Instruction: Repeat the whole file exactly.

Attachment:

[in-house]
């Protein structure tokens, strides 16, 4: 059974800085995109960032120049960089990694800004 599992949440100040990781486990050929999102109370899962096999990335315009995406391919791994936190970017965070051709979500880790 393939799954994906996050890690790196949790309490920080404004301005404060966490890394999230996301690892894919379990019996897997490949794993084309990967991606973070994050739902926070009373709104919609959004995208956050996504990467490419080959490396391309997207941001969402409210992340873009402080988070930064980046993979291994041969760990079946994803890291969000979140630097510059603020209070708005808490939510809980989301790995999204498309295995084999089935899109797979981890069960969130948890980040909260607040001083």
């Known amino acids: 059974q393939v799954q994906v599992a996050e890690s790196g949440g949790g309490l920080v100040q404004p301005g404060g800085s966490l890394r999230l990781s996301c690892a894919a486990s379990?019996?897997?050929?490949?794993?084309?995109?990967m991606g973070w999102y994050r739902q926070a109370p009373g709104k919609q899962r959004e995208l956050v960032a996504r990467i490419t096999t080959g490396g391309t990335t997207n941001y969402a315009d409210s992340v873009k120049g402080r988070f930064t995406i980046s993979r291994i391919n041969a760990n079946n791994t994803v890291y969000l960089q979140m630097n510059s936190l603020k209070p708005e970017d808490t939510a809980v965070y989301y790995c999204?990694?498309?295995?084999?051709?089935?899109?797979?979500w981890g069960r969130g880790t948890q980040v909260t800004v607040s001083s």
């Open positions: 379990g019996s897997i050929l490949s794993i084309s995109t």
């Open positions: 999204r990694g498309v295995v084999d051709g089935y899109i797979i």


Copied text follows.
[in-house]
């Protein structure tokens, strides 16, 4: 059974800085995109960032120049960089990694800004 599992949440100040990781486990050929999102109370899962096999990335315009995406391919791994936190970017965070051709979500880790 393939799954994906996050890690790196949790309490920080404004301005404060966490890394999230996301690892894919379990019996897997490949794993084309990967991606973070994050739902926070009373709104919609959004995208956050996504990467490419080959490396391309997207941001969402409210992340873009402080988070930064980046993979291994041969760990079946994803890291969000979140630097510059603020209070708005808490939510809980989301790995999204498309295995084999089935899109797979981890069960969130948890980040909260607040001083």
């Known amino acids: 059974q393939v799954q994906v599992a996050e890690s790196g949440g949790g309490l920080v100040q404004p301005g404060g800085s966490l890394r999230l990781s996301c690892a894919a486990s379990?019996?897997?050929?490949?794993?084309?995109?990967m991606g973070w999102y994050r739902q926070a109370p009373g709104k919609q899962r959004e995208l956050v960032a996504r990467i490419t096999t080959g490396g391309t990335t997207n941001y969402a315009d409210s992340v873009k120049g402080r988070f930064t995406i980046s993979r291994i391919n041969a760990n079946n791994t994803v890291y969000l960089q979140m630097n510059s936190l603020k209070p708005e970017d808490t939510a809980v965070y989301y790995c999204?990694?498309?295995?084999?051709?089935?899109?797979?979500w981890g069960r969130g880790t948890q980040v909260t800004v607040s001083s």
């Open positions: 379990g019996s897997i050929l490949s794993i084309s995109t």
């Open positions: 999204r990694g498309v295995v084999d051709g089935y899109i797979i």